Malignant cerebellar edema in three-year-old girl following accidental opioid ingestion and fentanyl administration

Neuroradiol J. 2019 Oct;32(5):386-391. doi: 10.1177/1971400919863713. Epub 2019 Jul 22.


A three-year-old girl was found altered with an unknown timeline. Gas chromatography mass spectrometry was positive for hydromorphone, dihydrocodeine, and hydrocodone. Initial computed tomography and magnetic resonance imaging suggested a malignant cerebellar edema not confined to a vascular distribution. She received fentanyl boluses on hospital days 0 and 1 before receiving a continuous infusion on day 1. On day 3, she had an episode of acute hypertension and bradycardia. Emergent computed tomography showed an evolving hydrocephalus and similar diffuse edema throughout both cerebellar hemispheres. External ventricular drain was placed to relieve the increased intracranial pressure. Following drain placement and fentanyl discontinuation, the patient recovered, though not without fine- and gross-motor deficits at the four-month follow-up. Our case adds to a handful of case reports of opioid toxicity in pediatric patients that present as toxic leukoencephalopathy. Though the mechanism is poorly understood, it has been suggested to be a consequence of the neurotoxic effects of the drug, which has particular affinity for µ opioid receptors-the primary opioid receptor found in the cerebellum. Clinicians would do well to recognize that this syndrome is primarily caused by direct toxicity rather than ischemia. This case adds insight by suggesting that lipophilic opioid analgesics may worsen this neurotoxicity. When intervening with mechanical ventilation, clinicians should consider avoiding lipophilic opioid drugs for analgesia until the pathogenesis of cerebellar edema is better understood.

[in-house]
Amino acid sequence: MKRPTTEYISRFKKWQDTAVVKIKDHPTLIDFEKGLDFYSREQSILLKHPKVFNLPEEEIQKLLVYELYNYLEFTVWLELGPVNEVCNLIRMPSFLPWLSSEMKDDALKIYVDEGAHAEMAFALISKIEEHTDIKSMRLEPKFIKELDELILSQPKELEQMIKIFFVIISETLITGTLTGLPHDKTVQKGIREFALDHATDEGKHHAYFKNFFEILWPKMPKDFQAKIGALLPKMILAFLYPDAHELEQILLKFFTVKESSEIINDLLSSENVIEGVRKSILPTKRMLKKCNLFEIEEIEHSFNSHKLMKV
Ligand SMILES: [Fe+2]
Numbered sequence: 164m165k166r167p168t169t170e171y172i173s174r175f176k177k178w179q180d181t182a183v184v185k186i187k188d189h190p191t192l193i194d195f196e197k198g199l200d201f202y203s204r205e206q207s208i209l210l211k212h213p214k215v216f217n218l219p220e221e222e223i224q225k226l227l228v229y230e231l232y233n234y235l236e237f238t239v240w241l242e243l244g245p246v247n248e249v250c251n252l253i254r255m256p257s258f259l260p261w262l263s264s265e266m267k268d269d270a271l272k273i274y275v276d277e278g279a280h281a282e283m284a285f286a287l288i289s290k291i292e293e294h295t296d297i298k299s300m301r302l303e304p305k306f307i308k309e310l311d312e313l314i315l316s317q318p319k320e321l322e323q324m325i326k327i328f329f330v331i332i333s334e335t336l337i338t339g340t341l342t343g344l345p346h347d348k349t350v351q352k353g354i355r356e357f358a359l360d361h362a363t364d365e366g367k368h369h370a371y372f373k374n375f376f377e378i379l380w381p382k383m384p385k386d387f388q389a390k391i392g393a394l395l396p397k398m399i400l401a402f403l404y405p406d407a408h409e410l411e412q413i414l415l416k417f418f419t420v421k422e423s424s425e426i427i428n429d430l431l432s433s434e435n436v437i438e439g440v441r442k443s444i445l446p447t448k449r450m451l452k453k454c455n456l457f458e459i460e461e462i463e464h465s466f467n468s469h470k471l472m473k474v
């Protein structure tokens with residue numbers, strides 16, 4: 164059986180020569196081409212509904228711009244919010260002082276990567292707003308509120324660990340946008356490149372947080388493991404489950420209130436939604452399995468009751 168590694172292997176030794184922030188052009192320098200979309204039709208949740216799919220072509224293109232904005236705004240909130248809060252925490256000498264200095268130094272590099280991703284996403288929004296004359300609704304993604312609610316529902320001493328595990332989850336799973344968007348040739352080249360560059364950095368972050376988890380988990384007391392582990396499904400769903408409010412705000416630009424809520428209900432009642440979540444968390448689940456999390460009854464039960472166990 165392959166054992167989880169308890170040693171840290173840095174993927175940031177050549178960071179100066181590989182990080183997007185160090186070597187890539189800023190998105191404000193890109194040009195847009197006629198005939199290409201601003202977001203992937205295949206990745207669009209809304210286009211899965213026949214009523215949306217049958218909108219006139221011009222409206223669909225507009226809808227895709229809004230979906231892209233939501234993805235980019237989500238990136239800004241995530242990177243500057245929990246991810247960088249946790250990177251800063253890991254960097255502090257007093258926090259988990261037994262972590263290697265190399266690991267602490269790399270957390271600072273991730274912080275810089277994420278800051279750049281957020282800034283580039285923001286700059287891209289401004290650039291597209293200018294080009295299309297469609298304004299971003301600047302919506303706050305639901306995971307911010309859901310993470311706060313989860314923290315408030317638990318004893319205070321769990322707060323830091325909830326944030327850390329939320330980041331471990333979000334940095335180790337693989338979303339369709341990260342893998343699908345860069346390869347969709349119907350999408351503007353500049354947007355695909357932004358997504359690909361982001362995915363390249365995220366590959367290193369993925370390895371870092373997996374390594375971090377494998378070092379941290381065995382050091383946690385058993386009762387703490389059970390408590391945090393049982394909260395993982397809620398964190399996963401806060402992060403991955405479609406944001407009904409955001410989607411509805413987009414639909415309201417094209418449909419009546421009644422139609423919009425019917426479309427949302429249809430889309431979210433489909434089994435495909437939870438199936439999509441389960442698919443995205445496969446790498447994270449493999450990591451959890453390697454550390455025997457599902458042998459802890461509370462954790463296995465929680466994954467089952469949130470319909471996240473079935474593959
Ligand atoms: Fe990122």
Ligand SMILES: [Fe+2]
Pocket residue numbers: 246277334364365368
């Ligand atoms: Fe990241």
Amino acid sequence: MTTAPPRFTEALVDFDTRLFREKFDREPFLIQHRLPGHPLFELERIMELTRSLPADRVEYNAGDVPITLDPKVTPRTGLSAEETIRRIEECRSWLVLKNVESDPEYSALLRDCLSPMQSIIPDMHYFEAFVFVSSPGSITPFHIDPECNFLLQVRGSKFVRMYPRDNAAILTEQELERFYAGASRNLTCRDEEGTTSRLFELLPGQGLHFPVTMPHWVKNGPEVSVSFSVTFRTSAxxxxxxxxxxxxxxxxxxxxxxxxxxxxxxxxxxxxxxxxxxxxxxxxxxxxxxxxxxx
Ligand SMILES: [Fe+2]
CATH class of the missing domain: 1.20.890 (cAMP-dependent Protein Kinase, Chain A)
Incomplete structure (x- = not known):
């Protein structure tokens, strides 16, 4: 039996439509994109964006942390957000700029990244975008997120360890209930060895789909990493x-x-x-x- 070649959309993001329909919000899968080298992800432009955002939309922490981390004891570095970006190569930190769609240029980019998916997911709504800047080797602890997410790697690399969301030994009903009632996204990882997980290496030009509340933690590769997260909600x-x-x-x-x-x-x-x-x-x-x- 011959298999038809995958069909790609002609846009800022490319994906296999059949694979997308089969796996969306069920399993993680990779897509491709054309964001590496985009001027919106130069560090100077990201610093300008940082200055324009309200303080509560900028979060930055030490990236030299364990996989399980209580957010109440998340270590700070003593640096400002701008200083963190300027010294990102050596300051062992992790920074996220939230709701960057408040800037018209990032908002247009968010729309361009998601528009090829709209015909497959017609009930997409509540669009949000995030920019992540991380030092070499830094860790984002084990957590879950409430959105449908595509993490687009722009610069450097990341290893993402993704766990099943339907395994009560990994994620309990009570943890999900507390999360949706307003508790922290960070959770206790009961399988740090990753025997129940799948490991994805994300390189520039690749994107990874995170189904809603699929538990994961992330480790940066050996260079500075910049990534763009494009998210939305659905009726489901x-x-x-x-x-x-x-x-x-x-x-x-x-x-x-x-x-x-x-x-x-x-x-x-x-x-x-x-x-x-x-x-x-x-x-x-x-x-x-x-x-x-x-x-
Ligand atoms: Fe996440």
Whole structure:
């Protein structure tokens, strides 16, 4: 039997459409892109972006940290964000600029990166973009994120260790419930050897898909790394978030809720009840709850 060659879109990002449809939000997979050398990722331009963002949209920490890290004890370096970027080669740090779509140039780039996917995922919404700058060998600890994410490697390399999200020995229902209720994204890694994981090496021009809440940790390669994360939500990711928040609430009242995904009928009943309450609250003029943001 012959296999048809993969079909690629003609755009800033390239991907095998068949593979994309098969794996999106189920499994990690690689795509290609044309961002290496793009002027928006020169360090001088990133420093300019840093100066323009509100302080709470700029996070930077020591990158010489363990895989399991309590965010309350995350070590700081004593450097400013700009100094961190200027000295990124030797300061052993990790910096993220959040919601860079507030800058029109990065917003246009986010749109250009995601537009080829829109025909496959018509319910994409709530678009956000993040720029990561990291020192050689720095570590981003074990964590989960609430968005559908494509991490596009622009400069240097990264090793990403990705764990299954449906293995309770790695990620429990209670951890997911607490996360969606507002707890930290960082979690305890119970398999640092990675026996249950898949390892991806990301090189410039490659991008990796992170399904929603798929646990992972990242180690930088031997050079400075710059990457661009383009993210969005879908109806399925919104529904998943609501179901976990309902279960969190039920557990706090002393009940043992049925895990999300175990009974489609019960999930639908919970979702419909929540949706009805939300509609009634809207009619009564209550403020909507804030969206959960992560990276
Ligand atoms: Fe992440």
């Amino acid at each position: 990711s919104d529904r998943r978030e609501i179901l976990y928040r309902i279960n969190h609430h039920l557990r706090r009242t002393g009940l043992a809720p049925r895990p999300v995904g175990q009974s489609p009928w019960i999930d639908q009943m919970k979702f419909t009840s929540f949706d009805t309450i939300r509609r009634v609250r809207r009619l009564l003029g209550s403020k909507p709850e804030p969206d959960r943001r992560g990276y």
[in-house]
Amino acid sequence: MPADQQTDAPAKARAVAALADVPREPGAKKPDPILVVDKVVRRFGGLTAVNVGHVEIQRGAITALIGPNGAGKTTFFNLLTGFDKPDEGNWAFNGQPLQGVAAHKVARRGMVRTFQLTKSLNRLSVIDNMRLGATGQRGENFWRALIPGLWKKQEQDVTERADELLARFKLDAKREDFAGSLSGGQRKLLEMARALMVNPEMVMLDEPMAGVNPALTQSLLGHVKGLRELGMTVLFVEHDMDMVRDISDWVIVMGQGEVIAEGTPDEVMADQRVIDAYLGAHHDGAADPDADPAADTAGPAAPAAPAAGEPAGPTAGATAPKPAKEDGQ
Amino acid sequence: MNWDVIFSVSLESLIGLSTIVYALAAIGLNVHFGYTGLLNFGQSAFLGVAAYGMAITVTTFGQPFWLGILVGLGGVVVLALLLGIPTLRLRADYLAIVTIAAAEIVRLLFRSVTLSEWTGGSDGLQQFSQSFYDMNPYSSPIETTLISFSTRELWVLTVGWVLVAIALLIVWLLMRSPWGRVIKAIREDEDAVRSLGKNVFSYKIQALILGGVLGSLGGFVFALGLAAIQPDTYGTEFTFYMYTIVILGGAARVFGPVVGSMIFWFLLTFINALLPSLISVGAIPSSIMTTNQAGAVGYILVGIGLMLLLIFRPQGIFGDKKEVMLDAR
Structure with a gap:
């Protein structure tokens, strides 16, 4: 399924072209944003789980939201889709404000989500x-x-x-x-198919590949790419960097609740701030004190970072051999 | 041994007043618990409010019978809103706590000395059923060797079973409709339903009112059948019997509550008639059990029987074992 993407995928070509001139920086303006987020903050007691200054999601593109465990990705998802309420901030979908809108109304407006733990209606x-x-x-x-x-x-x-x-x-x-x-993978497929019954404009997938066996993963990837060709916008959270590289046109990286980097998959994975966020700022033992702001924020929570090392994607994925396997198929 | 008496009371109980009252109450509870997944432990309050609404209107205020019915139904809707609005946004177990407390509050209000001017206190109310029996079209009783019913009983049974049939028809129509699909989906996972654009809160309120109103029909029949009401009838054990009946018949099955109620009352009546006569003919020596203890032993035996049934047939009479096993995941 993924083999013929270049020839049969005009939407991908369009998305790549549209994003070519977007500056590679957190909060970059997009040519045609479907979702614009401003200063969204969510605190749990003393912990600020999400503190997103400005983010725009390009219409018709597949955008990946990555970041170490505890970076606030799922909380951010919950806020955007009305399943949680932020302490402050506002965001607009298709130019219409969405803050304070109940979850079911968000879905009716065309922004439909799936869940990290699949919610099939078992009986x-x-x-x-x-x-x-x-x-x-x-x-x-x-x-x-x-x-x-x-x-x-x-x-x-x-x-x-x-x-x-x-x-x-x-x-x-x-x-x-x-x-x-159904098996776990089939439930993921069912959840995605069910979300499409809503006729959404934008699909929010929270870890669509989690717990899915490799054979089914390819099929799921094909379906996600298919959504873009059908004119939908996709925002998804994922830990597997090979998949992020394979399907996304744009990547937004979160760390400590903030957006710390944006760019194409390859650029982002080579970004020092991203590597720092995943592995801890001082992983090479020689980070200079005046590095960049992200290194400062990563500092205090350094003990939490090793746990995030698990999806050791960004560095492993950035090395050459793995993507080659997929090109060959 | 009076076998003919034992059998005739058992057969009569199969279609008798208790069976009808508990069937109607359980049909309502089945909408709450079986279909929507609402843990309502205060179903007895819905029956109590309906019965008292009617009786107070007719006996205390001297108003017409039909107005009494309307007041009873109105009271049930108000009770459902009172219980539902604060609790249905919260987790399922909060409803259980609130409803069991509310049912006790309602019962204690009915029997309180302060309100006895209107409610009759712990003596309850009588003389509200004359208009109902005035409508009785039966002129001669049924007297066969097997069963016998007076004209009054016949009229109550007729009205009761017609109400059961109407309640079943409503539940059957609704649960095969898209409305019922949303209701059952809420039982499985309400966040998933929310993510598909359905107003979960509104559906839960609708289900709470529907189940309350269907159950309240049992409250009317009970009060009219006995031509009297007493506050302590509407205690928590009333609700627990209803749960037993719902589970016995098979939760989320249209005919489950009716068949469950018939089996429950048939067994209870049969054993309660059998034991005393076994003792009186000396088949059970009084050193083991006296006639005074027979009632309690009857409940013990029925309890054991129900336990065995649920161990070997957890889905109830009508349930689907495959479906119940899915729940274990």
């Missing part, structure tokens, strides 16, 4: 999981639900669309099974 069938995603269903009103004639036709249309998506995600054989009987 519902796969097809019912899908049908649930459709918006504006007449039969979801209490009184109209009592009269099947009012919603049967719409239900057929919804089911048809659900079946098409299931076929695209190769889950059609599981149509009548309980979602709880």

Keywords: CT scan; Fentanyl toxicity; MRI; cytotoxic edema; pediatric opioid overdose; toxic leukoencephalopathy.

Publication types

  • Case Reports

MeSH terms

  • Analgesics, Opioid / poisoning*
  • Brain Edema / chemically induced*
  • Cerebellum*
  • Child, Preschool
  • Drug Overdose
  • Female
  • Fentanyl / poisoning*
  • Humans
  • Leukoencephalopathies / chemically induced
  • Treatment Outcome


  • Analgesics, Opioid
  • Fentanyl